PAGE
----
With the Fall season having just arrived, here is a recipe guaranteed to amaze the most difficult to impress in one’s household.
One might not want to follow the procedure that some, who live in pumpkin-puree-free areas of the earth, are forced to endure. Searching out the ripe pumpkin, baking it, scraping out the flesh, and then blending the results, might not appeal to the faint hearted. Instead, be kind to oneself and visit a supermarket.
Mini Salted Caramel Pumpkin Cheesecakes
For the crust:
¾ cups graham cracker crumbs
¼ cup finely chopped, toasted pecans
4 tablespoons unsalted butter, melted
2 tablespoons brown sugar, packed
Pinch of salt
For the filling:
(1) 8 ounce package ⅓ less fat cream cheese, softened
½ cup brown sugar, packed
½ cup pumpkin puree (not pumpkin pie filling)
1 tablespoon sour cream
1 large egg
1 teaspoon pure vanilla extract
¼ teaspoon pumpkin pie spice
¼ teaspoon ground cinnamon
For the salted caramel sauce:
½ cup granulated sugar
2 tablespoons water
2 drops fresh lemon juice
¼ cup heavy cream
2 tablespoons butter, cut into small cubes
½ teaspoon fleur de sel or finishing salt
For the whipped cream:
¾ cup heavy cream
2 tablespoons granulated sugar
Ground cinnamon, for garnish (optional)
Fleur de sel or finishing salt, for garnish (optional)
Prepare the crust:
- Preheat the oven to 350 degrees. Place the inserts into the bottom of each of the (12) cavities of a mini cheesecake pan, and spray with cooking spray. Set aside.
- Place the graham cracker crumbs, pecans, brown sugar, and pinch of salt in a small bowl. Stir to combine. Add the butter and stir until the mixture is well coated with butter. Drop 1 tablespoon plus 1 teaspoon of the mixture into the each of the (12) cavities, and press down firmly with the back of a teaspoon. Bake on the middle rack of the oven for 8-10 minutes, or until golden brown. Cool on a wire rack while and make the filling.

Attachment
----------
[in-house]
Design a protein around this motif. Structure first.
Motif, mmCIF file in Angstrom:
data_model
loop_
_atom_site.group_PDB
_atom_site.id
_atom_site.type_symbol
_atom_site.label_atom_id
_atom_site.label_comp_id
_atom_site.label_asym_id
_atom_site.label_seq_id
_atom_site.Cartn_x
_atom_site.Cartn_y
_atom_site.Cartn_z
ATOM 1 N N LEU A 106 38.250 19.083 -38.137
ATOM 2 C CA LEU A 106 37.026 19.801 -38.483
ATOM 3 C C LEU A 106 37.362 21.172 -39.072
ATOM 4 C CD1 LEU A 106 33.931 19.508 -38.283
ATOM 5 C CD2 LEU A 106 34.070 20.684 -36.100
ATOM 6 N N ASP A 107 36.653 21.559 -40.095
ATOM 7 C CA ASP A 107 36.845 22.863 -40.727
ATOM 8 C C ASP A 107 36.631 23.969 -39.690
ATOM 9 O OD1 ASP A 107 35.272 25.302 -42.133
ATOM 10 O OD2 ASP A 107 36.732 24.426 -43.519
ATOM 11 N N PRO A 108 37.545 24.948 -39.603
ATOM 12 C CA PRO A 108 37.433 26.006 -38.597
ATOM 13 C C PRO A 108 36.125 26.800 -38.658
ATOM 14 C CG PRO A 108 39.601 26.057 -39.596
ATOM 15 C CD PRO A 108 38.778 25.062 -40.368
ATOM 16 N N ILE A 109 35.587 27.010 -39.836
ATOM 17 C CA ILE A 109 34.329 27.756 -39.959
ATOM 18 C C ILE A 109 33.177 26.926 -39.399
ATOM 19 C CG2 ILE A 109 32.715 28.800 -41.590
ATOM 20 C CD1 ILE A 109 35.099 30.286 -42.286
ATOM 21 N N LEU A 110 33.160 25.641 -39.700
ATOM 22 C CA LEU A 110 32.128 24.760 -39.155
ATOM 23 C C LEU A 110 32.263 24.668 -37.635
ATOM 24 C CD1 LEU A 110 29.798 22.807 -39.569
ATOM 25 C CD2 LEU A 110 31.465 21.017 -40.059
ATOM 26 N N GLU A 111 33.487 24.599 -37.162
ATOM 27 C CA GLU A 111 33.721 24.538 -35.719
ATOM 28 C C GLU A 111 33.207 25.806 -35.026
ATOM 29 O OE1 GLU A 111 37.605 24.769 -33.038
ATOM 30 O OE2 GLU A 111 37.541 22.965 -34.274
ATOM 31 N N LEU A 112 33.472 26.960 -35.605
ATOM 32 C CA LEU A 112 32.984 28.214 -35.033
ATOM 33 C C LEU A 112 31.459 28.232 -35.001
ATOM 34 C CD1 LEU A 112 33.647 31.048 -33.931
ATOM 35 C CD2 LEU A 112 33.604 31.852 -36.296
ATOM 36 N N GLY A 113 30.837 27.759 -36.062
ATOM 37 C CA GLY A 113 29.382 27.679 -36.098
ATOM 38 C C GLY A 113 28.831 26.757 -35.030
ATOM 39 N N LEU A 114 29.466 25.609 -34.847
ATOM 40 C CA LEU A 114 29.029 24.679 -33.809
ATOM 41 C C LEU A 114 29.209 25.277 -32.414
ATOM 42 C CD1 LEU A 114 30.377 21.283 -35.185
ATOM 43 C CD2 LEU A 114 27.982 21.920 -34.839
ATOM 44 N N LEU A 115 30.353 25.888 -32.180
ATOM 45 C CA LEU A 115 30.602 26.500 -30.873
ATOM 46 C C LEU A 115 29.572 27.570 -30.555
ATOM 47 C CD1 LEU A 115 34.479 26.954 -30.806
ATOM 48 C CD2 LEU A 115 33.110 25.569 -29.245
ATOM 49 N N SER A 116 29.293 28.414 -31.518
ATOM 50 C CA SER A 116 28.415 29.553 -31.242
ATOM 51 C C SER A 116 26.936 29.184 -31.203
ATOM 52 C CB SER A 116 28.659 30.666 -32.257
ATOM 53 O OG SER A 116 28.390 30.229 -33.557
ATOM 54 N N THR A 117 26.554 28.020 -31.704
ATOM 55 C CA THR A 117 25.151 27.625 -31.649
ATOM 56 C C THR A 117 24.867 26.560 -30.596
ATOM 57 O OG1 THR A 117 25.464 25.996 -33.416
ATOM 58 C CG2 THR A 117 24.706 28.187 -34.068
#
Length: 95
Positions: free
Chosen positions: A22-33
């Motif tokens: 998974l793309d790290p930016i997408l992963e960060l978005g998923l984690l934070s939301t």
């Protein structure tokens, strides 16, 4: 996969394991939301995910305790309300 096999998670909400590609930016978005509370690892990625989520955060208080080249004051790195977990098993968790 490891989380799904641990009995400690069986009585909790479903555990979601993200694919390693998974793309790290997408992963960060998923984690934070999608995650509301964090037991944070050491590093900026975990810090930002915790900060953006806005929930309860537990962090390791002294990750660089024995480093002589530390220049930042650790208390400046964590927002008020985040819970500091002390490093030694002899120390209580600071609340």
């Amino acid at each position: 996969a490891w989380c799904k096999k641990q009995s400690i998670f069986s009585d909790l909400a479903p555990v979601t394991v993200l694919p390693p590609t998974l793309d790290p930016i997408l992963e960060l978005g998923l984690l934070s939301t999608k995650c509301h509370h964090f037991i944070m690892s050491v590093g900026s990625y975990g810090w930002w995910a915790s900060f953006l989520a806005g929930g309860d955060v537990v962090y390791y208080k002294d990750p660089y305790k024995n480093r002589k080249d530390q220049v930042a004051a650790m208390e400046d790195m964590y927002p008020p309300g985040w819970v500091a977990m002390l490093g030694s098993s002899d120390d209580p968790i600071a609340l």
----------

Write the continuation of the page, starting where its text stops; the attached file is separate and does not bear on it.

Prepare the filling:
- Beat the cream cheese in a medium bowl until smooth, about 1 minute. Add the brown sugar, pumpkin, sour cream, egg, vanilla, and spices, and beat until smooth and well combined. Fill each cavity with the filling, leaving about ¼” of space at the top. (There may be a bit of filling leftover.) Bake on the middle rack of the oven for 15-20 minutes, or until set. Begin checking for doneness after 10 minutes, as oven temperatures vary considerably. Cool 20 minutes on a wire rack, then using a finger, push up through the hole in the bottom of each cheesecake and remove each one. Use a knife to loosen the sides if necessary. Remove the metal insert if they’re easy to remove at this point, and cool completely in the refrigerator for 2 hours (or overnight).
Prepare the salted caramel sauce:
- Place the sugar, water, and lemon juice in a small saucepan and cook over medium heat until the sugar has melted, stirring just a bit to combine the ingredients. Once the sugar has melted, increase the heat to high and do not stir. The mixture will bubble rapidly, then the bubbles will become bigger and slower, and it will begin to color. The edges will normally color first, and you can swirl the pan ever so gently to distribute the color so the mixture doesn’t burn. When the caramel is a golden amber color, remove it from heat. Slowly whisk in the cream a bit at a time, as the mixture will bubble over if you add too much, then whisk in the butter and finishing salt. If the caramel has hardened, place it back over medium low heat and whisk until it’s smooth. Remove from heat and allow to cool.
Prepare the whipped cream:
- Place the cream in the bowl of a stand mixer fitted with the whisk attachment. Add the sugar, and beat at medium high speed until medium peaks form. Whisk a little more by hand if for increased thickness. Place in a piping bag fitted with the tip of your choice, and pipe the whipped cream over the chilled cheesecake. Sprinkle some cinnamon over the top, then drizzle the caramel sauce over that. Store leftovers in an airtight container in the fridge.
The sample cheesecake was tested by volunteers selected at random from a fourth period French class. Since the cheesecake was not refrigerated, the whipped cream topping had liquified by the time the cheesecakes were tasted. One of the lucky participants included Tristan Fabiunke, a freshman, who thought they were delicious. “The pumpkin cheesecake was quite tasty,” said an anonymous student, “even though the topping was melted.”
Despite the whipped cream complication, the product was still bursting with fall flavors. The recipe, although a bit time-consuming, is easy enough for the average high school baker to complete successfully, and truly worth trying. This recipe is highly recommended for any family gatherings, parties, or even just for a fun baking project.
This recipe was brought to you by Marcie and her “Flavor The Moments” food blog.
Article by Tulsi Caroll